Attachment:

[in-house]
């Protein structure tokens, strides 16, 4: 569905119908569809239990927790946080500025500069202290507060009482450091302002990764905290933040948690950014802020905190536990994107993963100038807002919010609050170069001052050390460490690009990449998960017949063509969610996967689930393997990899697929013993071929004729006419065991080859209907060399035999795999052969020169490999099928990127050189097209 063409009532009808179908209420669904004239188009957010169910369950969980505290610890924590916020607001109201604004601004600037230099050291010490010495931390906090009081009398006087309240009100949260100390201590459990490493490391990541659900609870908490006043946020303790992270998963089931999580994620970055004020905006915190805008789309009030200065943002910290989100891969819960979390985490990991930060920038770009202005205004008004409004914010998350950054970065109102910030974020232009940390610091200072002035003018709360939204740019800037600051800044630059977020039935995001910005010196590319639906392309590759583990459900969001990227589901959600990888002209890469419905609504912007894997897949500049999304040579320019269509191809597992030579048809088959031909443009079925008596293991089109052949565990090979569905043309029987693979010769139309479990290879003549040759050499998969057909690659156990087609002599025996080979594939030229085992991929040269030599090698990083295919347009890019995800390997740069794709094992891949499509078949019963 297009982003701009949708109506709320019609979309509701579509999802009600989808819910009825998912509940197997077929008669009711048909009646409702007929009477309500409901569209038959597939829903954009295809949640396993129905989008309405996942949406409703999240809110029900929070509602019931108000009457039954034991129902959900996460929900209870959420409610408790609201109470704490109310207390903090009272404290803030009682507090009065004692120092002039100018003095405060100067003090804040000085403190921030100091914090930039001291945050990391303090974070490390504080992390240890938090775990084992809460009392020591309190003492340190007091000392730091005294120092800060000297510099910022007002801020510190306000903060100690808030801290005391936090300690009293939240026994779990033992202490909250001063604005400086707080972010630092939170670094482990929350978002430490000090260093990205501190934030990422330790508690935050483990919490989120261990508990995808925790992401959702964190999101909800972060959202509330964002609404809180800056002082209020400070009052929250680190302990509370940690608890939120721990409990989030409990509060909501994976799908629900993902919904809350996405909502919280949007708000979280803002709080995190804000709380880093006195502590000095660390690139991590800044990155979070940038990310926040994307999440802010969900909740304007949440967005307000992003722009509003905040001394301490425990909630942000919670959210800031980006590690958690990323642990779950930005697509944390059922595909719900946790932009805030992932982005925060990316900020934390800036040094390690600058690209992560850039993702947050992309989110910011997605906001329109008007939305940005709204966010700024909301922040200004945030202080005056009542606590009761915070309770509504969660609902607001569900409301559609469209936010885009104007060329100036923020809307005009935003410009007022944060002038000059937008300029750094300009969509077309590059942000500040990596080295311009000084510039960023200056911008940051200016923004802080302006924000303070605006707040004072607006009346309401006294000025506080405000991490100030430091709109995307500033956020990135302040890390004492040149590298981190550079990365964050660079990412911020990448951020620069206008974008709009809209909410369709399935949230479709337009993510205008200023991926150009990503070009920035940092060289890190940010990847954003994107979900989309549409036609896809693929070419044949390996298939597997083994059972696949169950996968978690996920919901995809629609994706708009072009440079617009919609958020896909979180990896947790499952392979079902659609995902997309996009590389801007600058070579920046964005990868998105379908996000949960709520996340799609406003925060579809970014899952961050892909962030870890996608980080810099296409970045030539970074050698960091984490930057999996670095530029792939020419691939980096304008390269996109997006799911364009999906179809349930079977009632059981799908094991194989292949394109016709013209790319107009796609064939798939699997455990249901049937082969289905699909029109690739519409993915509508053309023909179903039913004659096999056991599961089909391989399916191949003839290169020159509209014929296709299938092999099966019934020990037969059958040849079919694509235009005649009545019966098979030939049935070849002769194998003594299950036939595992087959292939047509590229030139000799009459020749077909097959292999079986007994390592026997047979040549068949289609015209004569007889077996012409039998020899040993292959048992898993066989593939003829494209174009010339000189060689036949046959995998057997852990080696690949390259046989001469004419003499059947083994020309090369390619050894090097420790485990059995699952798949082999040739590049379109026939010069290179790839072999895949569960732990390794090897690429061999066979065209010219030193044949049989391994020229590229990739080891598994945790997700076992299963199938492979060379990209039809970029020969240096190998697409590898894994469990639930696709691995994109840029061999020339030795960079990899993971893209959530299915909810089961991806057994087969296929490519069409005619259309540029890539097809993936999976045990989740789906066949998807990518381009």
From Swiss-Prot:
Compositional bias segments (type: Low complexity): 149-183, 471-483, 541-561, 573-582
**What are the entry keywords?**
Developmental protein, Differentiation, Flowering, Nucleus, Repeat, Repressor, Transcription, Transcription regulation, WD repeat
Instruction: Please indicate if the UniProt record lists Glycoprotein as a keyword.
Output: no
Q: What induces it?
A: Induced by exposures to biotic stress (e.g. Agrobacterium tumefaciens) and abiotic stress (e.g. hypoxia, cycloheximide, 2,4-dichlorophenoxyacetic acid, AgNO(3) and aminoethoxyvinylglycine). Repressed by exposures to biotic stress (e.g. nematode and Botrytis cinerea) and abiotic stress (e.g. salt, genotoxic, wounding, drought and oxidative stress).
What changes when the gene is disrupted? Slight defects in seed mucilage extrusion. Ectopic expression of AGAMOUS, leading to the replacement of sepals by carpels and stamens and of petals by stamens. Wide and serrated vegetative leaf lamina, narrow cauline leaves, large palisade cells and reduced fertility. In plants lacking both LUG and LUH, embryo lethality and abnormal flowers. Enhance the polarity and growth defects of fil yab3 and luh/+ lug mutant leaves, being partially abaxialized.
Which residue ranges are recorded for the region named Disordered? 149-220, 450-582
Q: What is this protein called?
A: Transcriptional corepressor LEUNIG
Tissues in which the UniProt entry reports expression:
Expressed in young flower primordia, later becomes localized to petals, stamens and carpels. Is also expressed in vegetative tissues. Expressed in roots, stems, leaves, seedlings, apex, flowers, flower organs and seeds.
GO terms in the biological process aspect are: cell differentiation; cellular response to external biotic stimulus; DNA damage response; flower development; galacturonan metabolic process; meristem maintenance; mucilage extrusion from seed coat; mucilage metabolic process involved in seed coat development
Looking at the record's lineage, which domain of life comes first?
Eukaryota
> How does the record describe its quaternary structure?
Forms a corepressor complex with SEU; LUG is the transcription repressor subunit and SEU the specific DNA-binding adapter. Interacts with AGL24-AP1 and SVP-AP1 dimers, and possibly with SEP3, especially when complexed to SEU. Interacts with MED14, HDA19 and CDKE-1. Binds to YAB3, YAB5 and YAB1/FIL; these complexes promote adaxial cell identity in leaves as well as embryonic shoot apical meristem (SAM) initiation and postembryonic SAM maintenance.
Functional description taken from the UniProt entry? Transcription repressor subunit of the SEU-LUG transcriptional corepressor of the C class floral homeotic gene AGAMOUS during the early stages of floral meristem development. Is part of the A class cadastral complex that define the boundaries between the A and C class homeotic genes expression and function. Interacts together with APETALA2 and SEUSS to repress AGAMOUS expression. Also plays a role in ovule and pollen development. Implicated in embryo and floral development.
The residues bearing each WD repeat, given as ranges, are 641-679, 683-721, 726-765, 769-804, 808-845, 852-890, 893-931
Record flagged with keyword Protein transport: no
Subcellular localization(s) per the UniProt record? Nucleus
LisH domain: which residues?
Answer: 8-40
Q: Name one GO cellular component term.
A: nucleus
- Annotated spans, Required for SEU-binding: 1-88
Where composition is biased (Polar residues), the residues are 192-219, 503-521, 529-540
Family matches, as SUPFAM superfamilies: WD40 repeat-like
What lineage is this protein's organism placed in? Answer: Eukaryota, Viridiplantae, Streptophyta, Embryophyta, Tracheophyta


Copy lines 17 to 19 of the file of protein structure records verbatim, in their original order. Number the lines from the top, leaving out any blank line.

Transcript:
GO terms in the biological process aspect are: cell differentiation; cellular response to external biotic stimulus; DNA damage response; flower development; galacturonan metabolic process; meristem maintenance; mucilage extrusion from seed coat; mucilage metabolic process involved in seed coat development
Looking at the record's lineage, which domain of life comes first?
Eukaryota